The Proof of the Midsegment Theorem

The segment connecting the two midpoints of the sides of a triangle is called its midsegment or midline. The midsegment of a triangle has interesting characteristics:

(1) the midsegment connecting the midpoints of the two sides of a triangle is parallel to the third side and (2) its length is also half of the third side. In this post, we prove these two theorems.

midsegment

In the given above, $latex PQR$ is a triangle and $latex MN$ is a midsegment.

Theorem

The segment connecting the two sides of a triangle is parallel to and half the length of the third side.

What To Show

  1. $latex MN$ is parallel to $latex QR$
  2. $latex MN = \frac{1}{2}QR$.

Proof

Let $latex PQR$ be  a triangle with points $latex P$, $latex Q$, and $latex R$ having coordinates $latex (0,0)$, $latex Q(2b, 2c)$ and  $latex (2a,0)$ respectively as shown in the figure above.

Since $latex M$ is the midpoint of $latex PQ$, by the midpoint formula,

$latex M = (\displaystyle\frac{2b+0}{2} ,\displaystyle\frac{ 2c + 0}{2}) = (b,c)$.

Now, $latex N$ is also the midpoint of $latex PR$, so

$latex N = (\displaystyle\frac{2b+2a}{2},\displaystyle\frac{2c + 0}{2}) = (b + a , c)$.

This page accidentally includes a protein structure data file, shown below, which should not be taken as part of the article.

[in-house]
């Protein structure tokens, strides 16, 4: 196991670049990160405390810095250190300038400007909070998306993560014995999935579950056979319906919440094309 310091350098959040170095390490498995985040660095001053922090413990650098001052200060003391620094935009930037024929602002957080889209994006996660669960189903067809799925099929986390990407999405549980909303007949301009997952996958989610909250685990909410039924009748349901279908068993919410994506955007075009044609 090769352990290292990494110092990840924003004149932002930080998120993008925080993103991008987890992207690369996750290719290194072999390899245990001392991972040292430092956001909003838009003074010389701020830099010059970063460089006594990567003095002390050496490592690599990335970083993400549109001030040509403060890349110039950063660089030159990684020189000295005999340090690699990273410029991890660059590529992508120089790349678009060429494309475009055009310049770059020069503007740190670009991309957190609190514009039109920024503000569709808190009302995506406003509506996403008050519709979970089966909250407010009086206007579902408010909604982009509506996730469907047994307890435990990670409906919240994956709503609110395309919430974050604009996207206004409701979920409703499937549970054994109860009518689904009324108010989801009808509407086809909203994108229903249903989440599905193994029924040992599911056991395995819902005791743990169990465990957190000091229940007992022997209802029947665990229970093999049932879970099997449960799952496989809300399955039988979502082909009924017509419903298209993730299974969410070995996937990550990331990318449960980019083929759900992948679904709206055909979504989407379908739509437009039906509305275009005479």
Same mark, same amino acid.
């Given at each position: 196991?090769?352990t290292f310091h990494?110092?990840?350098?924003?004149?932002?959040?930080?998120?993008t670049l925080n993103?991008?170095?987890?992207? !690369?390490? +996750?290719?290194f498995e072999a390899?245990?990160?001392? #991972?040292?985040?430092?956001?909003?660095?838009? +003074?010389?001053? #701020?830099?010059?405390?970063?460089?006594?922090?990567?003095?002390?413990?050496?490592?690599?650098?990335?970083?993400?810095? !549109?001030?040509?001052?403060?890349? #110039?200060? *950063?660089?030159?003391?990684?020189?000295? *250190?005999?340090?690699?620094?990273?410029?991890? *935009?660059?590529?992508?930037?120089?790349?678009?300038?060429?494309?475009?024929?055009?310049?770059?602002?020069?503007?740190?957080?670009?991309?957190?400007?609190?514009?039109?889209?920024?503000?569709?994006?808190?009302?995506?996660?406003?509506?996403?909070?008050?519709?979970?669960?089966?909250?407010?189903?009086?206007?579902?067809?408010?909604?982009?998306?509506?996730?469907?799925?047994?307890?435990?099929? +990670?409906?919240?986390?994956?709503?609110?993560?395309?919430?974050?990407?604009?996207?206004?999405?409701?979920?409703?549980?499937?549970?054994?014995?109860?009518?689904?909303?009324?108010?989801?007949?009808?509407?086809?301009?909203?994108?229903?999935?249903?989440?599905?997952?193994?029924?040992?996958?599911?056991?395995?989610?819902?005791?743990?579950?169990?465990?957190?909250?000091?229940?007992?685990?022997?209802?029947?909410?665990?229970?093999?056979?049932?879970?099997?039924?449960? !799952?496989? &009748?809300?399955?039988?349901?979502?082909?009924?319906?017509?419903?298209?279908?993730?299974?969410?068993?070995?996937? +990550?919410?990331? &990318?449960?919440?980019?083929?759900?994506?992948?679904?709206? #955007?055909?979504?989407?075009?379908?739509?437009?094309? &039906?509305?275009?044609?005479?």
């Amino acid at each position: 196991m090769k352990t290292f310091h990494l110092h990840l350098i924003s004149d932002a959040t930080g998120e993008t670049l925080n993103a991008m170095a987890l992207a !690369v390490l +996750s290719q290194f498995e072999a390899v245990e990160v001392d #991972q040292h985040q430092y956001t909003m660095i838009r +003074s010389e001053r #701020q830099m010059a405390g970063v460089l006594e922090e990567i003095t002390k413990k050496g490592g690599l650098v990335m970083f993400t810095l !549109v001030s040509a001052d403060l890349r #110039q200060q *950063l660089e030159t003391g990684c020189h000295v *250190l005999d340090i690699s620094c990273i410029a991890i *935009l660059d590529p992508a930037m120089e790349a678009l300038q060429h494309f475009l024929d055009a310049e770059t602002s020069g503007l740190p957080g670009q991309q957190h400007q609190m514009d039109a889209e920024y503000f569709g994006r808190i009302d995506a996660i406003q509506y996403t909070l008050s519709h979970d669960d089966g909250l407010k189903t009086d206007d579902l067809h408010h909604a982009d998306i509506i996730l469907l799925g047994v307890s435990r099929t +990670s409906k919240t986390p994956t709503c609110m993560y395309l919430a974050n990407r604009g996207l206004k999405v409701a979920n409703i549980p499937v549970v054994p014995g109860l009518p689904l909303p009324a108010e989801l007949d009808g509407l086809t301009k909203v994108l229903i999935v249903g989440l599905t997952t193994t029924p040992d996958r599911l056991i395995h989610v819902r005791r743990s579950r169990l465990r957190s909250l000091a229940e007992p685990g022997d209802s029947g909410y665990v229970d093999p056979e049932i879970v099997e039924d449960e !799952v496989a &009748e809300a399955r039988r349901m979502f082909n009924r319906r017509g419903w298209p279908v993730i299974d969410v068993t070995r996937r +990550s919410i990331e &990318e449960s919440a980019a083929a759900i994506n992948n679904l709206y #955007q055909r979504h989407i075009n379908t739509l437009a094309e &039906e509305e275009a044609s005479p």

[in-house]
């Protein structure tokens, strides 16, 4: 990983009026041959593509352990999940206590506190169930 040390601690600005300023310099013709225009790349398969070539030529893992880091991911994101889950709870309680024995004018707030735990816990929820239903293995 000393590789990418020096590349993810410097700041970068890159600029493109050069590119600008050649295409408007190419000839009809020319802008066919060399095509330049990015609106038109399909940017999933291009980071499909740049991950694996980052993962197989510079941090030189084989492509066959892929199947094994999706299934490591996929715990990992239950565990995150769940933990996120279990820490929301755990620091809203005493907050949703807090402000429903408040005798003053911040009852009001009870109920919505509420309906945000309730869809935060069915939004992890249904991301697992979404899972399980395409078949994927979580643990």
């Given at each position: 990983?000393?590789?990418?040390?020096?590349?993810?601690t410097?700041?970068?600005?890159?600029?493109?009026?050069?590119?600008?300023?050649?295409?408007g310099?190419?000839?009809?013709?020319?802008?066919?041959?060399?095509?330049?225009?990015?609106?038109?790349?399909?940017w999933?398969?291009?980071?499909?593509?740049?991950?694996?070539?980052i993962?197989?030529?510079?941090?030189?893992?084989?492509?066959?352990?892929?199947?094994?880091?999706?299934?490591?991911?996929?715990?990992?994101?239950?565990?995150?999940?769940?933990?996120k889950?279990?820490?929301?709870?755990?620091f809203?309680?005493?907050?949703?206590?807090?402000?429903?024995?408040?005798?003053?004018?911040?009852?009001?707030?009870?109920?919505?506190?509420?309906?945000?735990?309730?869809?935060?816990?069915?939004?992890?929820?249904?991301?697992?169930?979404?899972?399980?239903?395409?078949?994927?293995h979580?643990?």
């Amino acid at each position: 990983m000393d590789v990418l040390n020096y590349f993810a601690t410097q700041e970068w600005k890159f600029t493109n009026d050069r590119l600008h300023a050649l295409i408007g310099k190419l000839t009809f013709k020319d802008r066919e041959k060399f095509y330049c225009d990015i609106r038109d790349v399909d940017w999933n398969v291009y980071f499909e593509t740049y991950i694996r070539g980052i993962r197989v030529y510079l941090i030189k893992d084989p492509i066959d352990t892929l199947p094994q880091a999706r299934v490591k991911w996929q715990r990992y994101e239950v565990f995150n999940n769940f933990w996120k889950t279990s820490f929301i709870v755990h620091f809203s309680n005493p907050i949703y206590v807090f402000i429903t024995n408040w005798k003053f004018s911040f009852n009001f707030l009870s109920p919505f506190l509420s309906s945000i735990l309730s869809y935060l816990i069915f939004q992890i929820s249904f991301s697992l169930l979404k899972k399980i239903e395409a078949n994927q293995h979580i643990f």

It follows that the slope of

$latex MN = \displaystyle\frac{c-c}{b + a – b} = 0$.

and the slope of

$latex QR = \displaystyle\frac{0-0}{2a-0} =0$.

Since $latex MN$ and $latex QR$ have the same slope, they are parallel. We have proved the first theorem.

Now, it remains to show that $latex QR$ is half that of $latex MN$.

By the distance formula,

$latex QR = \sqrt{(2a-0)^2 + (0-0)^2} = \sqrt{4a^2} = 2 \sqrt{a^2}$.

For the length of $latex MN$, we have

$latex MN = \sqrt{((b+a)-b)^2 + (c-c)^2} = \sqrt{a^2}$

So, $latex MN = \frac{1}{2} QR$

3 thoughts on “The Proof of the Midsegment Theorem

  1. Pingback: The Midpoints of the Sides of a Quadrilateral Form a Parallelogram

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